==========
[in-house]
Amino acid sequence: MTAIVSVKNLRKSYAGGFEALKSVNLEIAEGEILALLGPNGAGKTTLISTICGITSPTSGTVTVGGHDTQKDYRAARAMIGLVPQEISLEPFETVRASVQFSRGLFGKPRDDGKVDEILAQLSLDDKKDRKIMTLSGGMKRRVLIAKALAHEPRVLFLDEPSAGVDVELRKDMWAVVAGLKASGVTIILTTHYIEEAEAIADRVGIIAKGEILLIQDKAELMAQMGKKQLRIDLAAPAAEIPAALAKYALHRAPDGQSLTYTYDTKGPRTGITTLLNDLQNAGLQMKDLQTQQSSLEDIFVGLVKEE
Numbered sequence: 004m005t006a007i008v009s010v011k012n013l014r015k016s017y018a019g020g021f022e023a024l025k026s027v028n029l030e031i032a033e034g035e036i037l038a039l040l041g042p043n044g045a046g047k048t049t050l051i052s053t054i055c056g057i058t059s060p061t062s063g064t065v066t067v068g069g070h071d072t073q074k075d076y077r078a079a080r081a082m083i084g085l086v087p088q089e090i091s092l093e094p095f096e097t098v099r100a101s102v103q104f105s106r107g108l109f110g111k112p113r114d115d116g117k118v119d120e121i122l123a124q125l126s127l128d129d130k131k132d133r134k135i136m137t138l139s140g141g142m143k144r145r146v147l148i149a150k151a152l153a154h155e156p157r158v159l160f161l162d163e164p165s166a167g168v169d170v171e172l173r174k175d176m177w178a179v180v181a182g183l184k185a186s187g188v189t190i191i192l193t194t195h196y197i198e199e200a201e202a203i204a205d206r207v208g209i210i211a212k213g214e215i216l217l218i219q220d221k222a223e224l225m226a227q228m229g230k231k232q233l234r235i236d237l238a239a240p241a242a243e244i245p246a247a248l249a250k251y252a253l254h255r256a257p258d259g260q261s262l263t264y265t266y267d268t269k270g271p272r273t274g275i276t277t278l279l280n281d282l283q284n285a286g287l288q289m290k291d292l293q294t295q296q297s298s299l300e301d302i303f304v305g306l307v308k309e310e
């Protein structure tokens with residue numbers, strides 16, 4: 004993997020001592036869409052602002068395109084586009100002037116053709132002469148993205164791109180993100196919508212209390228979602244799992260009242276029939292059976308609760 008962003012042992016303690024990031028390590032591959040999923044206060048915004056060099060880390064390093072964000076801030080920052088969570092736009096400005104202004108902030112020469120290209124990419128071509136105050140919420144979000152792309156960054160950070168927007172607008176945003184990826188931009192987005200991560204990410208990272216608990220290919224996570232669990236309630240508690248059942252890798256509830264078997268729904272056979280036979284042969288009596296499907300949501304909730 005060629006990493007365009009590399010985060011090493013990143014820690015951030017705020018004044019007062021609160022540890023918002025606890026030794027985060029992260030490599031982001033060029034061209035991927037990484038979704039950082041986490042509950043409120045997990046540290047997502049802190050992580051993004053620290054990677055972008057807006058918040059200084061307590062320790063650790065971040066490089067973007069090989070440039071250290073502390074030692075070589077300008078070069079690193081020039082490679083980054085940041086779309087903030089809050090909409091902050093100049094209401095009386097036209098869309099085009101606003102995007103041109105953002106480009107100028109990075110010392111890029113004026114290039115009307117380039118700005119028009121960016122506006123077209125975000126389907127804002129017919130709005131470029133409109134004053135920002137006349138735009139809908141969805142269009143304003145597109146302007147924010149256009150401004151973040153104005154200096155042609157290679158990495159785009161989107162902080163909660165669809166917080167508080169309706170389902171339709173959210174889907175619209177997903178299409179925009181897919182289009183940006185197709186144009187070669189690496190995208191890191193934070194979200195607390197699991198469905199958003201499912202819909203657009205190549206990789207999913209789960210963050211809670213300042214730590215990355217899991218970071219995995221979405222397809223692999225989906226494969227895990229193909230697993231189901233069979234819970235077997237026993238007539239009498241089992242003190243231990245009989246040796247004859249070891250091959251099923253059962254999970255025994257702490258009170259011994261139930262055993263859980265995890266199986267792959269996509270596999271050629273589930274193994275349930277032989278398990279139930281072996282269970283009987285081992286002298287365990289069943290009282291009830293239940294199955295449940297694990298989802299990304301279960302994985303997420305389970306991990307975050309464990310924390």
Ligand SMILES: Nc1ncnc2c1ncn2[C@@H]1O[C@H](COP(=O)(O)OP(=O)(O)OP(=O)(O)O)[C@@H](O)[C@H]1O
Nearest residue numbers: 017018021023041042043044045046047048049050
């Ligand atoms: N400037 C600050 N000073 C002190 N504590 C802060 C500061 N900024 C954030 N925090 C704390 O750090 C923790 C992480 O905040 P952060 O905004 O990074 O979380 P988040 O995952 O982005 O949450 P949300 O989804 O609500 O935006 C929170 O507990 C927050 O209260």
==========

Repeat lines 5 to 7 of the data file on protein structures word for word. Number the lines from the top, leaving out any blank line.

Ligand SMILES: Nc1ncnc2c1ncn2[C@@H]1O[C@H](COP(=O)(O)OP(=O)(O)OP(=O)(O)O)[C@@H](O)[C@H]1O
Nearest residue numbers: 017018021023041042043044045046047048049050
């Ligand atoms: N400037 C600050 N000073 C002190 N504590 C802060 C500061 N900024 C954030 N925090 C704390 O750090 C923790 C992480 O905040 P952060 O905004 O990074 O979380 P988040 O995952 O982005 O949450 P949300 O989804 O609500 O935006 C929170 O507990 C927050 O209260």